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    McConnon et al / Am J Prev Med 2019;56(4):487−493 491 Table 2. Cancer Screening Status of People Released From Provincial Correctional Facilities and the General Population in Ontario, Canada
    Cancer screening status Corrections group General population
    Overdue on index datea
    Overdue on index datea
    aIndex date is the date of the admission leading to the initial release in 2010 in the corrections group or July 1, 2010 for the general population group. bRR=unadjusted relative risk. cARR=adjusted relative risk, which is the relative risk adjusted for neighborhood income quintile.
    Table 3. Primary Care Encounters for People Released From Provincial Correctional Facilities in Ontario, Canada, by Cancer Screening Status
    Primary care encounter
    Primary care encounter
    in 3 years before index datea
    in 3 years after index datea
    Screening status
    a Index date is the date of the admission leading to the initial release in 2010 in the corrections group.
    may be due in part to the use of administrative data in this study rather than self-reported data, which could overesti-mate cancer screening.16,17 Because differences in screening rates between this study and these U.S. studies were large, the authors propose that at least part of the difference in 
    screening rates is likely real. The lower screening rate in this study is surprising given universal healthcare coverage in Ontario. This large difference and low absolute screening rates suggest that substantial barriers to screening exist for this population and that lack of universal health insurance
    is not the sole barrier to screening in the U.S. context. Also of note, this study’s findings of the percentage overdue in the general population in Ontario were similar to those in provincial reports.15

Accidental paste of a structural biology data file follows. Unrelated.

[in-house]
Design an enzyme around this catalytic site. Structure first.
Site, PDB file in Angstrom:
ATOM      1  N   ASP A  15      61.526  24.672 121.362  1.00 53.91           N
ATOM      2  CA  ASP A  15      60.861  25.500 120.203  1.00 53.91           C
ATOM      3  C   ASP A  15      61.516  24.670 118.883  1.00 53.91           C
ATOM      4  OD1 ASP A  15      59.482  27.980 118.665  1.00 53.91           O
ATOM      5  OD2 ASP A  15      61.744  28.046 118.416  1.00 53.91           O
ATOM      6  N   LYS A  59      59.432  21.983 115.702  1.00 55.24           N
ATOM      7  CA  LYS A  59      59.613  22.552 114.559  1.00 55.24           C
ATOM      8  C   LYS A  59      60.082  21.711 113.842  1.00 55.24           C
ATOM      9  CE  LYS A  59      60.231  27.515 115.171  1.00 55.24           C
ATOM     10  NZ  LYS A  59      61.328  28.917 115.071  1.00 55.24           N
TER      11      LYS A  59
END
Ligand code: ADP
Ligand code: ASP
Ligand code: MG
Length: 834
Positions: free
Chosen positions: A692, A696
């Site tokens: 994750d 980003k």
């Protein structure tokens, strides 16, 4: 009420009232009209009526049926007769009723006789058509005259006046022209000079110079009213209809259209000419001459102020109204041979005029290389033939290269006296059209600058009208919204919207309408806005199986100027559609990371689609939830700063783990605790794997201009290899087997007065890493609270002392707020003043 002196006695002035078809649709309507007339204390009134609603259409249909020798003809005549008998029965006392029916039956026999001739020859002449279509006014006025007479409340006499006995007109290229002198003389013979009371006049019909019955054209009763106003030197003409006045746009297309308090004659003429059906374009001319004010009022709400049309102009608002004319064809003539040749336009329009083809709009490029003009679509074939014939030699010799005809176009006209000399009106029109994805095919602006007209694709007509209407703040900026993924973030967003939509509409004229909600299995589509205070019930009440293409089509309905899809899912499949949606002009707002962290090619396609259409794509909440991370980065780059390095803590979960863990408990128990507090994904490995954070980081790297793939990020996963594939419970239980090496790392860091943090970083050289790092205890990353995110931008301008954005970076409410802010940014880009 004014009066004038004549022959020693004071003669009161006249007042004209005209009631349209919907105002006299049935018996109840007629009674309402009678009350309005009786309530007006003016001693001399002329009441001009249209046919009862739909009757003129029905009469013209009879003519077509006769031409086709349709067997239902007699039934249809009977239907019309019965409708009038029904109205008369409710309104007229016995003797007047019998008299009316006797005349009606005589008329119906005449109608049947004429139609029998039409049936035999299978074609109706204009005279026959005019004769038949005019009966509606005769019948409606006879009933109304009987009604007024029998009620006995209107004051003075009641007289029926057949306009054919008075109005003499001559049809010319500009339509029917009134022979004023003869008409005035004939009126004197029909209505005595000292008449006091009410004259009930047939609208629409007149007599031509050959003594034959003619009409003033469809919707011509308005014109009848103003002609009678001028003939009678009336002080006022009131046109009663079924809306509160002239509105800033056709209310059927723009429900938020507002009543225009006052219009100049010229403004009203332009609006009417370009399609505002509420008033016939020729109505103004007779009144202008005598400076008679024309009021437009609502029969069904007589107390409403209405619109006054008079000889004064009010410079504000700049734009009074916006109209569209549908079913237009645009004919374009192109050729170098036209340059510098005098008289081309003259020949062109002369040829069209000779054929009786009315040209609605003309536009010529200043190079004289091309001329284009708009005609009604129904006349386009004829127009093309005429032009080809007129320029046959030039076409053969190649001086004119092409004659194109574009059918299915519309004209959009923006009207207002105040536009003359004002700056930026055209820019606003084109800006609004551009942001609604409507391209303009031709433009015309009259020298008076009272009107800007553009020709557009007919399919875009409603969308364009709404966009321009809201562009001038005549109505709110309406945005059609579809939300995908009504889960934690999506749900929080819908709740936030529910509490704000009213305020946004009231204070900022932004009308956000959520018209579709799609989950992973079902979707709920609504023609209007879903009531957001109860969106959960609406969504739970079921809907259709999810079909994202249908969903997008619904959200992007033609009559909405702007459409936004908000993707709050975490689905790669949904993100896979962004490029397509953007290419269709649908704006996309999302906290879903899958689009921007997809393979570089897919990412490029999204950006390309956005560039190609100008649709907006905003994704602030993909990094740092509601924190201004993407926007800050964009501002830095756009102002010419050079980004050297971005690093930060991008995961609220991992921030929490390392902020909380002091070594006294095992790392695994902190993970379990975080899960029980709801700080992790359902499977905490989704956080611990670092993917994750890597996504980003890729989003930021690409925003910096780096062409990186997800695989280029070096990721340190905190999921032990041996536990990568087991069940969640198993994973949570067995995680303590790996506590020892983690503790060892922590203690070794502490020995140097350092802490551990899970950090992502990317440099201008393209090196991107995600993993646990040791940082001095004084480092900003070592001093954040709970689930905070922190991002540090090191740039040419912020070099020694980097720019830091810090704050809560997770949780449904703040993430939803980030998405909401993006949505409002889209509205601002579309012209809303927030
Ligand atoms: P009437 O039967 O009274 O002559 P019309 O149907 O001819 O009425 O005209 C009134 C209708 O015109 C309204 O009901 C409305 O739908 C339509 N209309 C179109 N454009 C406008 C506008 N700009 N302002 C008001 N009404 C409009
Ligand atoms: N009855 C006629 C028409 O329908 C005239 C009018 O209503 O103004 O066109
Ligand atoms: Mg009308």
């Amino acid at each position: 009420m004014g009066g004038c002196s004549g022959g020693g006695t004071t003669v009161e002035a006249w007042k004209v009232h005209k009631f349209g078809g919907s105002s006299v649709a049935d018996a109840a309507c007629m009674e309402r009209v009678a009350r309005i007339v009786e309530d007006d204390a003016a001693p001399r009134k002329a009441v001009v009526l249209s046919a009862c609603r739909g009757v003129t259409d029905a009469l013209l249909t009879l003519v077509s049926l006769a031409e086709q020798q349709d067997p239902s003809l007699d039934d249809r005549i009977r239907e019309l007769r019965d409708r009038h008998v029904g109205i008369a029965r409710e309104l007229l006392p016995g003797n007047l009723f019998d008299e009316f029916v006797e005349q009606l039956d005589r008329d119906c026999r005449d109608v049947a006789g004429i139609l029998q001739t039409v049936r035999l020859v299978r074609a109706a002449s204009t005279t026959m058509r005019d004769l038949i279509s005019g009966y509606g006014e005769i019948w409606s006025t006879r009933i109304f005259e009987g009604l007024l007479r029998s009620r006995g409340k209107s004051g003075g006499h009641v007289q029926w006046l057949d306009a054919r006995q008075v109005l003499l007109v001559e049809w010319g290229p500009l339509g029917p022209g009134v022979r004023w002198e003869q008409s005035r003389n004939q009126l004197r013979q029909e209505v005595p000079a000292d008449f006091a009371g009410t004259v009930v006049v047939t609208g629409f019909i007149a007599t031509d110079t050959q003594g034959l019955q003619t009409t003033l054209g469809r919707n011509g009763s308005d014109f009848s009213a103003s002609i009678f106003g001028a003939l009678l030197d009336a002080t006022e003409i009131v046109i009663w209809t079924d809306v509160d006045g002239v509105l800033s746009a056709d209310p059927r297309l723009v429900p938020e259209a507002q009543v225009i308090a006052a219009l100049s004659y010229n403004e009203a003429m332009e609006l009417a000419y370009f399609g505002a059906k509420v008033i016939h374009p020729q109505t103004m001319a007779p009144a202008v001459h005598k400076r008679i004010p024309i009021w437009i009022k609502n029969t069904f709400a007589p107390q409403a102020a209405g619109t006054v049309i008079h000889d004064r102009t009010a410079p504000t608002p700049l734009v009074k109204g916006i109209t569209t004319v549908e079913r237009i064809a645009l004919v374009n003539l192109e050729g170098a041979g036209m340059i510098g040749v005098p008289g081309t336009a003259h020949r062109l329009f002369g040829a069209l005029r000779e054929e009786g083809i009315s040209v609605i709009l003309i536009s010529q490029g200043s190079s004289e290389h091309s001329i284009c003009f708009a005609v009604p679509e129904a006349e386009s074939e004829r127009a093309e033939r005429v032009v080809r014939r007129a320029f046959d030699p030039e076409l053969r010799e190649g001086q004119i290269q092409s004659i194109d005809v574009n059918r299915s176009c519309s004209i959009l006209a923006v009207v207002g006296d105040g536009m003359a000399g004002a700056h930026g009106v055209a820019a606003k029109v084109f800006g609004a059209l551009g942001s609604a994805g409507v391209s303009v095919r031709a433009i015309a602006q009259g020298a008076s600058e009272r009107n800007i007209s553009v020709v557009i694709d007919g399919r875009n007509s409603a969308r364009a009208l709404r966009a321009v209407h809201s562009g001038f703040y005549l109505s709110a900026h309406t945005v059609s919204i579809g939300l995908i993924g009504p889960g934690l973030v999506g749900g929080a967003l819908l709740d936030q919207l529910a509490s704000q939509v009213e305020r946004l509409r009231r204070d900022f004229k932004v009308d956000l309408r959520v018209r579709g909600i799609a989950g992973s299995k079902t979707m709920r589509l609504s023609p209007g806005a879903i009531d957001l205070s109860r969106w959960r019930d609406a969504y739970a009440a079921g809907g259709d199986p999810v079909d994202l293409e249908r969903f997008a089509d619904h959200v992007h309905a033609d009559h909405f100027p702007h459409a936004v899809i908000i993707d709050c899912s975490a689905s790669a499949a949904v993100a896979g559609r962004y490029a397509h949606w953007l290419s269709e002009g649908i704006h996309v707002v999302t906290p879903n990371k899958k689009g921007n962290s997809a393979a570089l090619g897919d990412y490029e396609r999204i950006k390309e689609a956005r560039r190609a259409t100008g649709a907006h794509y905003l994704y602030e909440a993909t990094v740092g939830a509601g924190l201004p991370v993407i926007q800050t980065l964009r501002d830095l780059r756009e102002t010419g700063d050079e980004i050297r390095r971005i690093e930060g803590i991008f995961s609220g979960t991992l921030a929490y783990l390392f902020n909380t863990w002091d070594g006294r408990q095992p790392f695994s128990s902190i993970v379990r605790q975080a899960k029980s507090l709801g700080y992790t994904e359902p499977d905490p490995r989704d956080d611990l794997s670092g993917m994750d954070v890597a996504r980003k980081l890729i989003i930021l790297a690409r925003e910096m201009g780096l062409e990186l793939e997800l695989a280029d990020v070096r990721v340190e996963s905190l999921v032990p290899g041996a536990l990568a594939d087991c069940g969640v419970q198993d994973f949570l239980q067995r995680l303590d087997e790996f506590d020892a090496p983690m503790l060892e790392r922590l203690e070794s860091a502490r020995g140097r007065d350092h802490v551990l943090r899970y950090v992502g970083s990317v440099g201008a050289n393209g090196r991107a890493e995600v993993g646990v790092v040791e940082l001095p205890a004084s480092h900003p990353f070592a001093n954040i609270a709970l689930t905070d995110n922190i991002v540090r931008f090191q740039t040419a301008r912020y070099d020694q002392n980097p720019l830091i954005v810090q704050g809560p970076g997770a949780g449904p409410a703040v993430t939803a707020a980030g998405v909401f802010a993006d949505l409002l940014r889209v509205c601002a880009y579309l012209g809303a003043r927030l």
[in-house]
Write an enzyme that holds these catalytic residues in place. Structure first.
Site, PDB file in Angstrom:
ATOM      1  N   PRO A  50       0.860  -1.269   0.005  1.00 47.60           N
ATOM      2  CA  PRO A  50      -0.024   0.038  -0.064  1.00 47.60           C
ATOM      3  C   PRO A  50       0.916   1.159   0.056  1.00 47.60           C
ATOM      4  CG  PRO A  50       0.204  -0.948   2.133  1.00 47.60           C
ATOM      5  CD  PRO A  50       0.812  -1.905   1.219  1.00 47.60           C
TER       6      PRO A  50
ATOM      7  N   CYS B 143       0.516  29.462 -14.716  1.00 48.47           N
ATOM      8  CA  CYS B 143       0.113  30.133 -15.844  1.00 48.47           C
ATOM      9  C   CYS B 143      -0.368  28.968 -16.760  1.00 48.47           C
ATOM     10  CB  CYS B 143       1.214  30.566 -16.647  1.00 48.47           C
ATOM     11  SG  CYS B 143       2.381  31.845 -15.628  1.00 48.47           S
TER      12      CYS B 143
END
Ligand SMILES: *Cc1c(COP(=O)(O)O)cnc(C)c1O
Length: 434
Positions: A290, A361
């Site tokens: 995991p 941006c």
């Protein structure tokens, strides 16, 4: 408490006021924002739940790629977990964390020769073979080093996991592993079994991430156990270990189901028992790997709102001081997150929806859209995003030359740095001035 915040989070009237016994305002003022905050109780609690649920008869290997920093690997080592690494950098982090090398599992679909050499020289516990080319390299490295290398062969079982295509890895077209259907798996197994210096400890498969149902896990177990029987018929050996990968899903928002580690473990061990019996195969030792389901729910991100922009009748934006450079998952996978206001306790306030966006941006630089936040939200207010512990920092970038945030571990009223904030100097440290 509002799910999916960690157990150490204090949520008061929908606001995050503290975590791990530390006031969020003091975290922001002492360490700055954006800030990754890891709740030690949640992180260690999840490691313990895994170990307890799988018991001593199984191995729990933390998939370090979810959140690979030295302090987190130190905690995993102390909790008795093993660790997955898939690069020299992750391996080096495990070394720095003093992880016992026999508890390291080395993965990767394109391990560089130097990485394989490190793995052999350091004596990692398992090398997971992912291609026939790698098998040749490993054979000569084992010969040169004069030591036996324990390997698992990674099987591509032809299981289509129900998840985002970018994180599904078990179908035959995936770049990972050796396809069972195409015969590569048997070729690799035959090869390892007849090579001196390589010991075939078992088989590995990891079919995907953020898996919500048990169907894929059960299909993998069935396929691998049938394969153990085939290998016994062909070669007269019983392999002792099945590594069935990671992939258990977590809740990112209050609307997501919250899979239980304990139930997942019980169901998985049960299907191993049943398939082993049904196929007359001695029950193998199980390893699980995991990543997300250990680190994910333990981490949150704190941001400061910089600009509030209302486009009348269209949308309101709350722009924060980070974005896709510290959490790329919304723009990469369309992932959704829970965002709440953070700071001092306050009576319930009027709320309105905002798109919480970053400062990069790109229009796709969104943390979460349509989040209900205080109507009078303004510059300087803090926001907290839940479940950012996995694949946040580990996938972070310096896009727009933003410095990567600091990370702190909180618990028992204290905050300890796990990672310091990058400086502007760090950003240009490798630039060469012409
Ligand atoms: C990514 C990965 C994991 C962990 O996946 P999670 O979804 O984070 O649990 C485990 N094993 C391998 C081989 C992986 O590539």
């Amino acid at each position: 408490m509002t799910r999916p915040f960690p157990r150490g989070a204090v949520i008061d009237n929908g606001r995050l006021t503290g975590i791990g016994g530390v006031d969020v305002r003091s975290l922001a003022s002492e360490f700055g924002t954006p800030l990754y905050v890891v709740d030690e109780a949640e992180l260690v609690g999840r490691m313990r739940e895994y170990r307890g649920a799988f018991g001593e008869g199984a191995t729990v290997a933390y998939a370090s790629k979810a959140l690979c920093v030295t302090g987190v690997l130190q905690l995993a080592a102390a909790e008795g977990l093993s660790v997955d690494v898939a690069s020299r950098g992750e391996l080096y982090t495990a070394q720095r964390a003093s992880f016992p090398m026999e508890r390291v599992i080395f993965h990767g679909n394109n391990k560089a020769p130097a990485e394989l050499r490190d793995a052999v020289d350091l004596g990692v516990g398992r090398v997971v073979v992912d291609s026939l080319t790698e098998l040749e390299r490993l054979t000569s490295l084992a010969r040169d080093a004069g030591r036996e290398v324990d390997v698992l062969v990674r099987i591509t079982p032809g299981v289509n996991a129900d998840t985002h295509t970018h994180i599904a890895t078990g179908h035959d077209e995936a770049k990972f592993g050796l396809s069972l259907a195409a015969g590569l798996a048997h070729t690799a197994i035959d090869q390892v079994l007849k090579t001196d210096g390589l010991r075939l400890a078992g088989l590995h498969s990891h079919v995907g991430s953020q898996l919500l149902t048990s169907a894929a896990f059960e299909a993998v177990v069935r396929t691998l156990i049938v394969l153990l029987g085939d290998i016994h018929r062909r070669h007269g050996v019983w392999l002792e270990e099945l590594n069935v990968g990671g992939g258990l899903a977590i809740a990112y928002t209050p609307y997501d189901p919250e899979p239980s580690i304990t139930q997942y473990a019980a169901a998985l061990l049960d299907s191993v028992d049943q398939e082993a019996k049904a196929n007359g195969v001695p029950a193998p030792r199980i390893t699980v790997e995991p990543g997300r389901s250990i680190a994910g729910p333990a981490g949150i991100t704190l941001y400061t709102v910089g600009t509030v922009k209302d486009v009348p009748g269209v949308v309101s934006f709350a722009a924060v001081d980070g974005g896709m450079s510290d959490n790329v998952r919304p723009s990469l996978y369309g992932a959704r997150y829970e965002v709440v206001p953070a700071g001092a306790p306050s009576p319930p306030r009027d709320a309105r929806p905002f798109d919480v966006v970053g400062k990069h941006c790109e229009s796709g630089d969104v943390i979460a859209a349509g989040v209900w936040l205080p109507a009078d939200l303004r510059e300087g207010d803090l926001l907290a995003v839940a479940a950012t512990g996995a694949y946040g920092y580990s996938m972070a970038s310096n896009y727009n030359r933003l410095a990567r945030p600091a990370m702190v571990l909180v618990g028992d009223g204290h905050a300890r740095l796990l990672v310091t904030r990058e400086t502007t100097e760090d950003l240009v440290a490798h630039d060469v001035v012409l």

This study has several potential limitations. Although the rate of data Acarbose was high, some linkages may have been incorrect. This was likely uncommon, given the high proportion of direct or deterministic linkage. Some people in the general population group would have experienced imprisonment, such as a person released from a provincial correctional facility in 2009 but not also released in 2010. This exposure misclassifi-cation would likely have had a small effect given the large size of the general population group, and any bias would have been conservative. People eligible for screen-ing on the basis of clinical indication, such as family his-tory, were not identified, and it was not possible to differentiate tests done for screening or diagnostic pur-poses. Screening tests that took place in a hospital, out-side of Ontario, on First Nations, or in federal prison were not captured. Though these potential sources of bias may have differentially affected the corrections and general population groups, it is unlikely that they would have substantially affected the results. The breast cancer screening interval in this study was 3 years,13 whereas current provincial guidelines in Ontario recommend an interval of 2 years.18 In the context of conflicting guid-ance, the relatively long period was selected to provide a conservative estimate of testing participation. This study reports screening status between 2008 and 2010, and over the subsequent 3 years. Although the proportion of people accessing screening may have improved since these data were collected, the difference in screening rates likely persists between people in correctional facili-ties and the general population because no specific policy or program has been implemented in provincial correc-tional facilities. Finally, this study examined screening rates and did not assess for an independent association between imprisonment and screening or between imprisonment status and screening. The RR of being overdue for screening remained positive after adjusting for neighborhood income quintile, but in the corrections group there is overrepresentation of other factors that may be associated with not accessing cancer screening and for which the authors did not adjust, such as black and Indigenous race and mental illness. These unad-justed (and partially adjusted) data showing relatively low screening rates highlight the need for a focus on this population and this setting for cancer prevention activities.